Jessie Boylan is going it solo

In 2018, Bendigo Art Gallery will hold the fifth exhibition in its annual Going Solo exhibition series.

Launched in 2014, Going Solo reinforces the gallery’s commitment to fostering and promoting the careers of contemporary Australian artists living and working regionally, showcasing the best of local contemporary art alongside significant national and international exhibitions.

GOING SOLO: Jessie Boylan in her studio, 2016. Boylan is the Bendigo Art Gallery's 2018 Going Solo artist. Photo: DAVID FIELD.

GOING SOLO: Jessie Boylan in her studio, 2016. Boylan is the Bendigo Art Gallery's 2018 Going Solo artist. Photo: DAVID FIELD.

Bendigo Art Gallery is pleased to announce Jessie Boylan as the 2018 Going Solo artist.

Over the next year, Jessie will work closely with gallery curators to produce an ambitious new body of work to be presented in a solo exhibition at the gallery.

Jessie is a photomedia artist based in Castlemaine.

Through her thought-provoking work, she explores issues relating to human impacts on the land and communities in relation to environmental and social devastation - like nuclear testing, mining, and war. Her work is underpinned by extensive research, which has taken her to many remote and contested landscapes. It has also provided her with opportunities to engage directly with communities affected by both the immediate and long-term legacy of such adversity.  

This direct engagement with affected landscapes and communities imbues Jessie’s work with a raw authenticity. Working first-hand with people and places forced to adapt and rise to a challenge despite the odds has afforded her great insight, particularly into human persistence, resilience, and resistance. Through her work, she endeavors to acknowledge the horror of catastrophe and pay tribute to the ways in which people respond and move forward into the future.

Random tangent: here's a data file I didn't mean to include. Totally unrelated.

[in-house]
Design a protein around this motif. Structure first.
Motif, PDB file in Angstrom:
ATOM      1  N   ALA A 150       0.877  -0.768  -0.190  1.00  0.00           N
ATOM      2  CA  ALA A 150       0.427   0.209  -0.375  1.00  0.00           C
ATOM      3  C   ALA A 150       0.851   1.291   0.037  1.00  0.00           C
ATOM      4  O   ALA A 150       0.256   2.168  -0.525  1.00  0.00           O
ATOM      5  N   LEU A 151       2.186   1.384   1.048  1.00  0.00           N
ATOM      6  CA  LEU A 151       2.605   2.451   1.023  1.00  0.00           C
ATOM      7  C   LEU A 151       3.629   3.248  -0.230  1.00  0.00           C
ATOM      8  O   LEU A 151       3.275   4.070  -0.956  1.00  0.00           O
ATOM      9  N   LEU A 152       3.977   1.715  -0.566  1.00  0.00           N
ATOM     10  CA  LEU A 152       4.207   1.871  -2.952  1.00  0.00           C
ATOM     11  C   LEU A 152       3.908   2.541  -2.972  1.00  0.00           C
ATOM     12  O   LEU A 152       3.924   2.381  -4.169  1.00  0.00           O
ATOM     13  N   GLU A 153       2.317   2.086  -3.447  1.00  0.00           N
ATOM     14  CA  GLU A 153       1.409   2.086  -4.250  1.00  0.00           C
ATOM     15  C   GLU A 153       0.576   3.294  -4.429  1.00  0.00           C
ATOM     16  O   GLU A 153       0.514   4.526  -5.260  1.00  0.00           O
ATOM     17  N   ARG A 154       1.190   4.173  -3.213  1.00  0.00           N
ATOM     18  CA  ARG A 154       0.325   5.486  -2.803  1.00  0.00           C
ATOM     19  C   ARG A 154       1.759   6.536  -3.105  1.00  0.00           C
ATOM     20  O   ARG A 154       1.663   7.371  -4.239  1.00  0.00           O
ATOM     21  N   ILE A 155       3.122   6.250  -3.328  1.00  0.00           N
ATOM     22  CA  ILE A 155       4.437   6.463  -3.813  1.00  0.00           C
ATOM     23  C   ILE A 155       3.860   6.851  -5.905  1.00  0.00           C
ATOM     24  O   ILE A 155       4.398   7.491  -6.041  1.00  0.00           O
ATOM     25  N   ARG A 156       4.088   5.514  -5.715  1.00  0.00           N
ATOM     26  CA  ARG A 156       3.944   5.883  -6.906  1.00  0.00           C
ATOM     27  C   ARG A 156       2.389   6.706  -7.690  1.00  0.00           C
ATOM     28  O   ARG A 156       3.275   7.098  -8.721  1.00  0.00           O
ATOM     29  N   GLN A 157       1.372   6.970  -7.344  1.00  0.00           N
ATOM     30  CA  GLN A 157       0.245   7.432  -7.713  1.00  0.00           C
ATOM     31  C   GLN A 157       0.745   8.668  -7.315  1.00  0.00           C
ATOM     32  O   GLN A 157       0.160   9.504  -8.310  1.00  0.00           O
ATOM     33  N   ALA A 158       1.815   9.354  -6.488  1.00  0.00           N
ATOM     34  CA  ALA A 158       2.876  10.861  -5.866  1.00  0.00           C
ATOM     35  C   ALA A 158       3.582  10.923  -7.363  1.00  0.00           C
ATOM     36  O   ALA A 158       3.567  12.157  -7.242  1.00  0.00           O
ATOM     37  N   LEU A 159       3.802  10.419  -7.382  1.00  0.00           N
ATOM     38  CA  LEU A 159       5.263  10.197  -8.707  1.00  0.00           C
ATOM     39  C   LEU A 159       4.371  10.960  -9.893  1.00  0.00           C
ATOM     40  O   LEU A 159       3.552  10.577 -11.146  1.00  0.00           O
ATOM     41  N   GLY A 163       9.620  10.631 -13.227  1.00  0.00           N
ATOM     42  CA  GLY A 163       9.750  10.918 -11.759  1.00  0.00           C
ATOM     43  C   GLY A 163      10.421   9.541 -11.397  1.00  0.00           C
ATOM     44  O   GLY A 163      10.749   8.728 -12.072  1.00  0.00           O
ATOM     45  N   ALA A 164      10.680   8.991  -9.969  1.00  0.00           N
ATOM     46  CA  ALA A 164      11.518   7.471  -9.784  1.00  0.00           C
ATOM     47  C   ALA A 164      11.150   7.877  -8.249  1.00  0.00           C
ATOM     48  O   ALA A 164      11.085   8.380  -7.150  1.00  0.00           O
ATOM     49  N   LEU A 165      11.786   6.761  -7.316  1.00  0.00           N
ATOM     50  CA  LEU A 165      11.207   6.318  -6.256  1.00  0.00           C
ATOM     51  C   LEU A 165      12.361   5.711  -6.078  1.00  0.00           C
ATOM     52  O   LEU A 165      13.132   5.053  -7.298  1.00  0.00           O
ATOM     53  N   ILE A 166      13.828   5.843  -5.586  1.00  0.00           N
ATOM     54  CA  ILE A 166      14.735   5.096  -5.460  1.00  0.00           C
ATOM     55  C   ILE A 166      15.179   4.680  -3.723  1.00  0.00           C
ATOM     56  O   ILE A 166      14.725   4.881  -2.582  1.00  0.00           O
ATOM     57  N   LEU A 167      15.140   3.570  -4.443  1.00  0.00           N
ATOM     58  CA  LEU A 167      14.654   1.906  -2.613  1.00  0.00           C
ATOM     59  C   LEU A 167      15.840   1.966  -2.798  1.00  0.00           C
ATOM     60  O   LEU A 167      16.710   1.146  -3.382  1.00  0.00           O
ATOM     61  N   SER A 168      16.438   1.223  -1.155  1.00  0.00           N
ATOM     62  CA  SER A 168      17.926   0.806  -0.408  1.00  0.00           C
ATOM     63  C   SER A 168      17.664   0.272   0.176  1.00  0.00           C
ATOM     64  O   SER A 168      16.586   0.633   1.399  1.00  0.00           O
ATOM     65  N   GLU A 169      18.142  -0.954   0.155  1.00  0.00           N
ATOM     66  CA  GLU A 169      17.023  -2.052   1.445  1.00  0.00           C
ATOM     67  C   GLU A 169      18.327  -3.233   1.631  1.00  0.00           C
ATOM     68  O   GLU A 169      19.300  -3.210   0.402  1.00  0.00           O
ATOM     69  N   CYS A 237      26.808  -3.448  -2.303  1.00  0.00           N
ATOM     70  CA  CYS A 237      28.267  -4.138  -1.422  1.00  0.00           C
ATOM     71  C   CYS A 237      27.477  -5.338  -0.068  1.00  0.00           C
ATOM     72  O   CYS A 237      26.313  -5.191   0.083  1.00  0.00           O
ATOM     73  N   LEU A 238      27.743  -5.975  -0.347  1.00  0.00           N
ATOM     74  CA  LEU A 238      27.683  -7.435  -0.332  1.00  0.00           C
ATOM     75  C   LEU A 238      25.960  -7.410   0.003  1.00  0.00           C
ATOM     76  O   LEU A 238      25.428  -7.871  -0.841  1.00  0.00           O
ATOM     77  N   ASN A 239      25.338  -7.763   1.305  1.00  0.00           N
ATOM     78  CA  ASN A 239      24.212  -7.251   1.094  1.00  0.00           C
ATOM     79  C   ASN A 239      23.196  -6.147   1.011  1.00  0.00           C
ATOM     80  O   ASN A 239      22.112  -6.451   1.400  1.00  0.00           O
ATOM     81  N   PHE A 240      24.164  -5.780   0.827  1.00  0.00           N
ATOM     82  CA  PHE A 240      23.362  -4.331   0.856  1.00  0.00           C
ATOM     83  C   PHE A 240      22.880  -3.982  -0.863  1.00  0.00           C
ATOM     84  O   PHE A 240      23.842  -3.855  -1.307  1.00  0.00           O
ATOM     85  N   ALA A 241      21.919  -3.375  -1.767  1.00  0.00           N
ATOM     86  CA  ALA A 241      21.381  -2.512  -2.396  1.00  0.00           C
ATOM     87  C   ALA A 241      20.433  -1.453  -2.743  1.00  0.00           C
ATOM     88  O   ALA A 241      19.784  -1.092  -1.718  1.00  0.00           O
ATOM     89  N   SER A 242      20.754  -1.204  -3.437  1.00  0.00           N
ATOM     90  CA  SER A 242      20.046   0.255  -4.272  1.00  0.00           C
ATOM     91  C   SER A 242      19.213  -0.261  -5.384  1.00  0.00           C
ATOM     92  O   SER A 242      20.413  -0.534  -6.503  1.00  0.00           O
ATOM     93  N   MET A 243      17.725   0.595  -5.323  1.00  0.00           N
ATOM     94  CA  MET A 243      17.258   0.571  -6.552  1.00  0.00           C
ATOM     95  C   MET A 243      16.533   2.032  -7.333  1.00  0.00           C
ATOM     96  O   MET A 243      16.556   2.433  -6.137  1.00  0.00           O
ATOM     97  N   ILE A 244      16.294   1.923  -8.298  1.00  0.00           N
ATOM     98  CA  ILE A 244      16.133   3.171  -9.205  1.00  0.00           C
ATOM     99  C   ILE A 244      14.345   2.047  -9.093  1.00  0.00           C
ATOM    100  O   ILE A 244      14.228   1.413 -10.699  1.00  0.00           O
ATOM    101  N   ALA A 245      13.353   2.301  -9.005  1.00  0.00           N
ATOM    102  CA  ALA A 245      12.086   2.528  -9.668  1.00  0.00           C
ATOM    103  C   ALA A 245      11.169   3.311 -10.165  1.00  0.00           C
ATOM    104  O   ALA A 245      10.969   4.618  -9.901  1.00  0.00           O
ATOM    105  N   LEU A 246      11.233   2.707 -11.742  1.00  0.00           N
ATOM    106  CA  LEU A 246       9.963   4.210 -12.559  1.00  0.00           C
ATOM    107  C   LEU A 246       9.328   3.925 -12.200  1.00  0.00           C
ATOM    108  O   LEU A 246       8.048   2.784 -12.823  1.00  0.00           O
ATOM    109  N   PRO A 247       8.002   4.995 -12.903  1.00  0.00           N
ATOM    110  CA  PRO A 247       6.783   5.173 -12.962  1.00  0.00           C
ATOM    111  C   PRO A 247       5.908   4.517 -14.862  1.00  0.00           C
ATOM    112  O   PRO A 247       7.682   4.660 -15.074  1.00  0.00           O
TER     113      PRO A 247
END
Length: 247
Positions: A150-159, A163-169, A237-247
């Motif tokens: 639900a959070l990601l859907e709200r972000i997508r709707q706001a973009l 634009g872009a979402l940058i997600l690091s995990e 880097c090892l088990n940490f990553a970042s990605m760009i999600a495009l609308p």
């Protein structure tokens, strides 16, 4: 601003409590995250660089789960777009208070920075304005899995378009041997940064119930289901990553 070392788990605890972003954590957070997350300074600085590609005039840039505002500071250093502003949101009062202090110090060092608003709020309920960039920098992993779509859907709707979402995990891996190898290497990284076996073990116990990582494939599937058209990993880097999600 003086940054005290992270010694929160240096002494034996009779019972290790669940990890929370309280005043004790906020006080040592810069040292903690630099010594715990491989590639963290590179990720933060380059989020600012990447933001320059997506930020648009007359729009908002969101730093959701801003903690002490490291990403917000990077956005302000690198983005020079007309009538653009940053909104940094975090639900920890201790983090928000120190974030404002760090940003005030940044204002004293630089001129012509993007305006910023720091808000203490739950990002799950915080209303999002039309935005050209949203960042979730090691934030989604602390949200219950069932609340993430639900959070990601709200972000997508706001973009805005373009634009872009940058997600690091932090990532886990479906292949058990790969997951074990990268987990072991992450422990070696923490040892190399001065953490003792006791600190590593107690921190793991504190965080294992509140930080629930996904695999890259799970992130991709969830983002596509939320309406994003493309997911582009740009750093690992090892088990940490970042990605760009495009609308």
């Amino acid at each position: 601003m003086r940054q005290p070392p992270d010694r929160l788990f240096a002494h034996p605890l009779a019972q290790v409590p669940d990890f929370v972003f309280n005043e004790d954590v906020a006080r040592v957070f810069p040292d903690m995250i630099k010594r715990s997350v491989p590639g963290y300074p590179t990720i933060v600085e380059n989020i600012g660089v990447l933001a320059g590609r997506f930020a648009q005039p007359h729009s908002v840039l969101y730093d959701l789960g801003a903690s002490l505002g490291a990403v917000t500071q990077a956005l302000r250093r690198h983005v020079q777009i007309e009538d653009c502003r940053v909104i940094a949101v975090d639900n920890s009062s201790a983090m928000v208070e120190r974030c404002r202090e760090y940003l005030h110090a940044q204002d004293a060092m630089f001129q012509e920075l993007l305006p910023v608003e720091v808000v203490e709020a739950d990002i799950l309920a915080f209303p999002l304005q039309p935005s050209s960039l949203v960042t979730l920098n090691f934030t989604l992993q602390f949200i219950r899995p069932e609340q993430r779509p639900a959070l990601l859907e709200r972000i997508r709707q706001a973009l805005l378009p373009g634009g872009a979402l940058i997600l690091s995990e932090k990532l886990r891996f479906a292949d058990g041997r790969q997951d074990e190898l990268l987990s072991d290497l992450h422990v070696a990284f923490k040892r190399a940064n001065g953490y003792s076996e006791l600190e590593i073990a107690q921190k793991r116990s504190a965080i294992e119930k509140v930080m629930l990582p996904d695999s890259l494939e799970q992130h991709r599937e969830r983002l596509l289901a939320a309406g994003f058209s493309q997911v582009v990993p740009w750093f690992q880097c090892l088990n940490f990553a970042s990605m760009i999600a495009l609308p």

While her practice is politically and socially motivated and she is clearly passionate about her subject matter, Jessie doesn’t force her message. Instead, acknowledging the diversity of experience in any situation, she weaves layers of still and moving images together with stories and histories into immersive environments that encourage contemplation. By taking a more abstract approach than straight documentary telling, she hopes to unsettle preconceptions and prompt inquiry.

Ultimately, she believes in the agency of art to make an impact and hopes to create the space for people to think about things that are often overlooked or bypassed in the day-to-day of ‘business-as-usual’.  

Jessie’s new work for Bendigo Art Gallery will extend upon her ongoing investigation into emergencies and disasters that have and continue to impact upon Australia’s environmental and social history, people and communities.